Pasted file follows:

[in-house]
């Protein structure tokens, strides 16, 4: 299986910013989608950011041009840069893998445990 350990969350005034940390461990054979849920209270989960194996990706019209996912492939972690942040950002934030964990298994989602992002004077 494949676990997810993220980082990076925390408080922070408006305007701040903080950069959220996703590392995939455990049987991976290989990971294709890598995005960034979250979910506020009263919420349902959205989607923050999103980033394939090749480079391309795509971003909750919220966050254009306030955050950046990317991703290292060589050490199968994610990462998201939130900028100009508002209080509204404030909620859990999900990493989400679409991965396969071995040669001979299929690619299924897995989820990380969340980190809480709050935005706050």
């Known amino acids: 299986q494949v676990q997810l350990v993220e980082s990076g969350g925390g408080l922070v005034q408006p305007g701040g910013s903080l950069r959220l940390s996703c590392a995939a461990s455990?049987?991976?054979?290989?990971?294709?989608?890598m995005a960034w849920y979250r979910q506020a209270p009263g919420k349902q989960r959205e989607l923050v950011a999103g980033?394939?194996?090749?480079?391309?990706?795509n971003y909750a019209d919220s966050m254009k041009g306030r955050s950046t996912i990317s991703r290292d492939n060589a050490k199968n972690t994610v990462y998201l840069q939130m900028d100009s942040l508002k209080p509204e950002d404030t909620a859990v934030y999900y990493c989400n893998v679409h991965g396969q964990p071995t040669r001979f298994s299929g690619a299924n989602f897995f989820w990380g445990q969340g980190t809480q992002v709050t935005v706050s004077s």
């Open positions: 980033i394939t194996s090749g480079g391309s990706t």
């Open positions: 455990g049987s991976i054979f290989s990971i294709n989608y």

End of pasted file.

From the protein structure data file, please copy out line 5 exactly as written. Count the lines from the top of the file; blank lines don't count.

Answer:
């Open positions: 455990g049987s991976i054979f290989s990971i294709n989608y």